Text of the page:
The implications of such a plan—championed by new Congresswoman Alexandria Ocasio-Cortez—extend well beyond the ecological
Newly elected Congresswoman Alexandria Ocasio-Cortez got tongues wagging this month when she championed a plan for a Green New Deal, and drafted a proposal to kickstart the committee that would create it. While she’s not the first to suggest the idea, timing and the cultural climate are apt for a renewal of the discussion.
Ocasio-Cortez’s plan, which emphasizes decarbonization, job creation, and social and economic justice, is politically audacious—it aims for 100 percent renewable energy within 12 years—but in line with the Intergovernmental Panel on Climate Change (IPCC)’s most recent warning that the world has about a decade to get climate change under control if we are to thwart its worst effects. With close to half of all greenhouse gas emissions coming from the built environment, architects and designers should feel welcome wading into the conversation.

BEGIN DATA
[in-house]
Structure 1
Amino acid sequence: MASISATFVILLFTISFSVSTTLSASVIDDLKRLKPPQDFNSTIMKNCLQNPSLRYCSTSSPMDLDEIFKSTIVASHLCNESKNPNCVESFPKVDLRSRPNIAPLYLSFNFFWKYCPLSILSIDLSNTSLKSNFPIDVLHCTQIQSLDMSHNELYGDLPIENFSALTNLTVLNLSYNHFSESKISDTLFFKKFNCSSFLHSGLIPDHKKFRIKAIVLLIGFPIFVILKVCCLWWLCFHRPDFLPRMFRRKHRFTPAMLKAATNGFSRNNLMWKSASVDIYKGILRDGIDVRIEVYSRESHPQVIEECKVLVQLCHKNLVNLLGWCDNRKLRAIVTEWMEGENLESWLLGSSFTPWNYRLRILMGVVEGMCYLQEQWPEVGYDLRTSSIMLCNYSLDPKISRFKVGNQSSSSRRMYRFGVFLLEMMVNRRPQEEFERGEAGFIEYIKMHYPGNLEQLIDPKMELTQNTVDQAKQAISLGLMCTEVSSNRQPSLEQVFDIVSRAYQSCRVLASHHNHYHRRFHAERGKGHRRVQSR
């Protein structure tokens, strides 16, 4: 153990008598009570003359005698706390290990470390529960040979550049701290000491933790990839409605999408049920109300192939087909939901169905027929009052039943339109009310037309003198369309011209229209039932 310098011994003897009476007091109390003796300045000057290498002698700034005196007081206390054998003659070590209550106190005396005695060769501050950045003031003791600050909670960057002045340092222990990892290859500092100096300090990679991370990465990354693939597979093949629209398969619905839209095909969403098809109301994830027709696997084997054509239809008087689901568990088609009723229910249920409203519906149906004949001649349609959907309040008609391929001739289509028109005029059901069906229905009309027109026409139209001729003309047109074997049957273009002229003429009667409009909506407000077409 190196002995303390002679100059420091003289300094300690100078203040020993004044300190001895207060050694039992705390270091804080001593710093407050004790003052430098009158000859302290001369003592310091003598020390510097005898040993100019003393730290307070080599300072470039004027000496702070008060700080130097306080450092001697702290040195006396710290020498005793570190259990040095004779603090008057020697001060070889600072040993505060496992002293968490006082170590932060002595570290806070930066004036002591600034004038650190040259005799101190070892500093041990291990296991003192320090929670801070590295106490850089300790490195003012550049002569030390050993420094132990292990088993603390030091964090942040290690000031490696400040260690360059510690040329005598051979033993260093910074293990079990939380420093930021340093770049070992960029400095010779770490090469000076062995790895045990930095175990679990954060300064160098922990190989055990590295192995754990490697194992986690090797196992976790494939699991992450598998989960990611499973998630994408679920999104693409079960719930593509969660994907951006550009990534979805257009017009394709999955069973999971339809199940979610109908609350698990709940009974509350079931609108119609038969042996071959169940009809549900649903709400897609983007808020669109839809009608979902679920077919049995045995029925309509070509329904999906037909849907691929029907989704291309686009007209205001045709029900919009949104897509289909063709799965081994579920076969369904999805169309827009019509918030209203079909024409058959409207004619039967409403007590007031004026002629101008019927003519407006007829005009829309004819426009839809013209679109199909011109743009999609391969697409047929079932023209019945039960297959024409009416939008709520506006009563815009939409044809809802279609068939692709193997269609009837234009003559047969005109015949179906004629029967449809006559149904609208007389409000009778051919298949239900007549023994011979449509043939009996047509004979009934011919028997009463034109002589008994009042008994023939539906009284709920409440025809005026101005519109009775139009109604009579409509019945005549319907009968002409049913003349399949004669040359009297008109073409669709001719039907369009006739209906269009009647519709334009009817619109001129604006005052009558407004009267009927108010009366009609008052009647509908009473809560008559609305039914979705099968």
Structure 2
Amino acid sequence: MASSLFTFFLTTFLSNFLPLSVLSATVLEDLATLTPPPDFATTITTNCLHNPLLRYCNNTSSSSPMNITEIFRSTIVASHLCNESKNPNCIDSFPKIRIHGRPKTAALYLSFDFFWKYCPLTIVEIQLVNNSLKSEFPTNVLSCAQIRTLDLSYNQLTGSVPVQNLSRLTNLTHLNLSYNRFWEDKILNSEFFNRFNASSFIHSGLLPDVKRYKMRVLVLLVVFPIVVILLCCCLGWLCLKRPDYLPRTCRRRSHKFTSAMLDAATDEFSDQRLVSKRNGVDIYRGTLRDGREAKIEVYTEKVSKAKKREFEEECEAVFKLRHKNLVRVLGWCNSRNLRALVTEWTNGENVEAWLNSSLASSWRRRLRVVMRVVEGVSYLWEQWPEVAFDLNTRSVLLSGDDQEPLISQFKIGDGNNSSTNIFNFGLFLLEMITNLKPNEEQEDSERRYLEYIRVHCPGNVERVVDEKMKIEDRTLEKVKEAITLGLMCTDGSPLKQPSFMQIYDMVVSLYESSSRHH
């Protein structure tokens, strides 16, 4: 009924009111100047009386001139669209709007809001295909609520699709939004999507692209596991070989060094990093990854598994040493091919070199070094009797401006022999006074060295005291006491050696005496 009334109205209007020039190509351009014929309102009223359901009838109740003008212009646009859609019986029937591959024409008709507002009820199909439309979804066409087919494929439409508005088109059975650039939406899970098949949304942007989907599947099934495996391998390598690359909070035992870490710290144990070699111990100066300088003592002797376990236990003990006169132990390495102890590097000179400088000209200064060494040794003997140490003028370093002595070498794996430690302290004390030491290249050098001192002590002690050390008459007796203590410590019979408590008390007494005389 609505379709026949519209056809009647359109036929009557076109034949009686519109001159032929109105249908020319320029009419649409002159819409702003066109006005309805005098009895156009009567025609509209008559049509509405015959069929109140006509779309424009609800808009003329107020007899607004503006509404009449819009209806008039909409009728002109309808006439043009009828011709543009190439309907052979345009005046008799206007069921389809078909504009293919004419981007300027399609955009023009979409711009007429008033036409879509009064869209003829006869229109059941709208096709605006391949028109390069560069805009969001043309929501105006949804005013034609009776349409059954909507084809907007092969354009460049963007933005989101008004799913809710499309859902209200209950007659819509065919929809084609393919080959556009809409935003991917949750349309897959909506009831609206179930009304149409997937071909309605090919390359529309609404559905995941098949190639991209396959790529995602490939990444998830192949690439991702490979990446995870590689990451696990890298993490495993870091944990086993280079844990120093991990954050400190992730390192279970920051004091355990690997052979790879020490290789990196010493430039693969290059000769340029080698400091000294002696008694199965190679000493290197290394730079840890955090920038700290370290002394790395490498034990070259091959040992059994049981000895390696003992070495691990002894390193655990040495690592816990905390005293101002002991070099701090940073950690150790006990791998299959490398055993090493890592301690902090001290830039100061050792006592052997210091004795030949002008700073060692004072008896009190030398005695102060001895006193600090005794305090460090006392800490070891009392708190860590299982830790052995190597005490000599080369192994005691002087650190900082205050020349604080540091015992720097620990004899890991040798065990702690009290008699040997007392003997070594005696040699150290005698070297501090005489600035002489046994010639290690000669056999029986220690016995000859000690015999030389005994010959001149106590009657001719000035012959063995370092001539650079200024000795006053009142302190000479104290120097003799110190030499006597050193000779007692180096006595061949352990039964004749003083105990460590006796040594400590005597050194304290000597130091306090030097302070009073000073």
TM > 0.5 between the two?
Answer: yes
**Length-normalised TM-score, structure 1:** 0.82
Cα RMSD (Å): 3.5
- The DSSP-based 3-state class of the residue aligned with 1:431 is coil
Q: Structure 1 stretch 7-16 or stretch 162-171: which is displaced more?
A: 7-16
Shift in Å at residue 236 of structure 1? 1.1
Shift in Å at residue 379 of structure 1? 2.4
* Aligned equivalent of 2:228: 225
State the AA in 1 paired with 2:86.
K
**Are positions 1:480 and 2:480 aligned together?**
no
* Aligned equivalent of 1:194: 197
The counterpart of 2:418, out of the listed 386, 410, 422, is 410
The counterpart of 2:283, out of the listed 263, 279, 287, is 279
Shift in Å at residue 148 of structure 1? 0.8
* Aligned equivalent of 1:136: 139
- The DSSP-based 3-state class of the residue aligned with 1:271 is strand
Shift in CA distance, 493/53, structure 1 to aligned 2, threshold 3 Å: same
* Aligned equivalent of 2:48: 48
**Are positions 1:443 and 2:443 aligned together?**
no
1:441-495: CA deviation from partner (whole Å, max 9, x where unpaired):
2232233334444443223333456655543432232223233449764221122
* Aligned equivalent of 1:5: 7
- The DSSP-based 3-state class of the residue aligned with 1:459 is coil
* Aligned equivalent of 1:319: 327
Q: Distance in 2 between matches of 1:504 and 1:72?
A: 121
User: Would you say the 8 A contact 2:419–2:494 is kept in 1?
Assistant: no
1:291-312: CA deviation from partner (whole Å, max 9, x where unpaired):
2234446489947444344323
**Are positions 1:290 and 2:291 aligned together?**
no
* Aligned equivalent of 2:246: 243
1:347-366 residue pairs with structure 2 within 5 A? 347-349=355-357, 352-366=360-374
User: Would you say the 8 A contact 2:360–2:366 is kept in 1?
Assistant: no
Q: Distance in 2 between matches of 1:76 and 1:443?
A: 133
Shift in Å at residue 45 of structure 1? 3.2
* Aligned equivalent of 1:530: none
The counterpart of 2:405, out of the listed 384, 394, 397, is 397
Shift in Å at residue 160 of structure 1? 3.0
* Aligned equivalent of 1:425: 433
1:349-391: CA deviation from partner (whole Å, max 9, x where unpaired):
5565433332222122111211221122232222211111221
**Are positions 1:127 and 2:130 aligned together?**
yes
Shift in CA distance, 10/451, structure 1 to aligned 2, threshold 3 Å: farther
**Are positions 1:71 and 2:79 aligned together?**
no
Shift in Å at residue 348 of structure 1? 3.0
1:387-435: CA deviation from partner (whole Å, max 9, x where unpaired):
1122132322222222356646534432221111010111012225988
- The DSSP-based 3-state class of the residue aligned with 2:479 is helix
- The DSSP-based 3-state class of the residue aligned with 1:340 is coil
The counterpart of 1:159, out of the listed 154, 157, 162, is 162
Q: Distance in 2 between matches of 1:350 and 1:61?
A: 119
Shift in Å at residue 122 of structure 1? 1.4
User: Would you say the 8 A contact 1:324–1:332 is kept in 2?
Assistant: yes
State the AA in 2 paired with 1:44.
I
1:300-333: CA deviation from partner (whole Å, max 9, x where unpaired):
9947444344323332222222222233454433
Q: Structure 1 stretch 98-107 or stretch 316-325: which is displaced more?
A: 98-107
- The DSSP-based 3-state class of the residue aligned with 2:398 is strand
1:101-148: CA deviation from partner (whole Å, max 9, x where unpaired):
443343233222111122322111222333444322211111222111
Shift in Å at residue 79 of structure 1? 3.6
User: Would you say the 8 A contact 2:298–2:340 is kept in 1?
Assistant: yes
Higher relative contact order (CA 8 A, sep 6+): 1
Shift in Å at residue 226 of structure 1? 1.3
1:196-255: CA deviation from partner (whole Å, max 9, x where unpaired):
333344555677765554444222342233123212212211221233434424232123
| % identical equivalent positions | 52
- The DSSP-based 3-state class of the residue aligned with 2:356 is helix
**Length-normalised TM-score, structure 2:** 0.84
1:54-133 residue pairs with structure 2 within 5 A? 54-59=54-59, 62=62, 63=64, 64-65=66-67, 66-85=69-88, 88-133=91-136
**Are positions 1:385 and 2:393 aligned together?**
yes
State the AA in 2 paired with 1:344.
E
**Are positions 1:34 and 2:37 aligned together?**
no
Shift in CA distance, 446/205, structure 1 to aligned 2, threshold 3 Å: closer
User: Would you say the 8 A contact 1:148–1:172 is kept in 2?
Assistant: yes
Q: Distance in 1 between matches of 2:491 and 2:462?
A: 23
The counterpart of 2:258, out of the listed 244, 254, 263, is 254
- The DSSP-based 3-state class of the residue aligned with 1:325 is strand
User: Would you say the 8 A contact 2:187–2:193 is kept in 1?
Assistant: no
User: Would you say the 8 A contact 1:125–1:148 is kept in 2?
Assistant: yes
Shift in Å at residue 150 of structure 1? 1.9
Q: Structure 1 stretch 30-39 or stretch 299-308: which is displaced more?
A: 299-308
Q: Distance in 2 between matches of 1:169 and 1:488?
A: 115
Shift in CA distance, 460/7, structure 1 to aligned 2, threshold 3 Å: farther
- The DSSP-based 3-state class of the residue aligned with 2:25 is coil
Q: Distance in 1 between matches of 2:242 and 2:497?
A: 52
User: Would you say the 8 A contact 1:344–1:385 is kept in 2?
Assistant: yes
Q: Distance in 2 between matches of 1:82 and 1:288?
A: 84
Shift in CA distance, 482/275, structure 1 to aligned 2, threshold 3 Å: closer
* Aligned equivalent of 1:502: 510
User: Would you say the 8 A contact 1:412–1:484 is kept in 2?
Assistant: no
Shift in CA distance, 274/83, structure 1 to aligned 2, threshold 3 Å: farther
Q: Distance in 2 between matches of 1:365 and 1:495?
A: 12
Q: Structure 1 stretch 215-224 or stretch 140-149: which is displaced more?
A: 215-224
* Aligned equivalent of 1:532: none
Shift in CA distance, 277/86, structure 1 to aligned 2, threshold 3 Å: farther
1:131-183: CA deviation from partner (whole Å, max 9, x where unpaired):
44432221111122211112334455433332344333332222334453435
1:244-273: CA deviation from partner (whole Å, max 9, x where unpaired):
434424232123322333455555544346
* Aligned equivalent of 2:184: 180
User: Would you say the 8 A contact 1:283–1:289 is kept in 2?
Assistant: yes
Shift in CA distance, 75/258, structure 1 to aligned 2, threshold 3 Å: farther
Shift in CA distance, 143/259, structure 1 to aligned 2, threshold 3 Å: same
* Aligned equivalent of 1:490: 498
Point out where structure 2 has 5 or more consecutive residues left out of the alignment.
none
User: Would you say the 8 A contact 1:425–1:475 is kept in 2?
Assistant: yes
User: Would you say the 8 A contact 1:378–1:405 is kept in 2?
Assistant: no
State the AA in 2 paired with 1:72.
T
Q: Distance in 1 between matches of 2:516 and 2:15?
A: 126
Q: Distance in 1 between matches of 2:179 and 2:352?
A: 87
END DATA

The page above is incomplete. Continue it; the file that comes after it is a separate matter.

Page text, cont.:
In the past, buildings were designed to hold people and things and to receive energy along a one-way artery from a faraway grid. Under a Green New Deal, that way of building would be considered outdated and obsolete. Instead, buildings would be considered mini power plants that can not only produce enough energy to supply their own needs, but also fuel vehicles and send excess energy back to the grid.
Read the full story HERE >>>> Source: Architectural Digest What Would a “Green New Deal” Look Like for Architecture? | Architectural Digest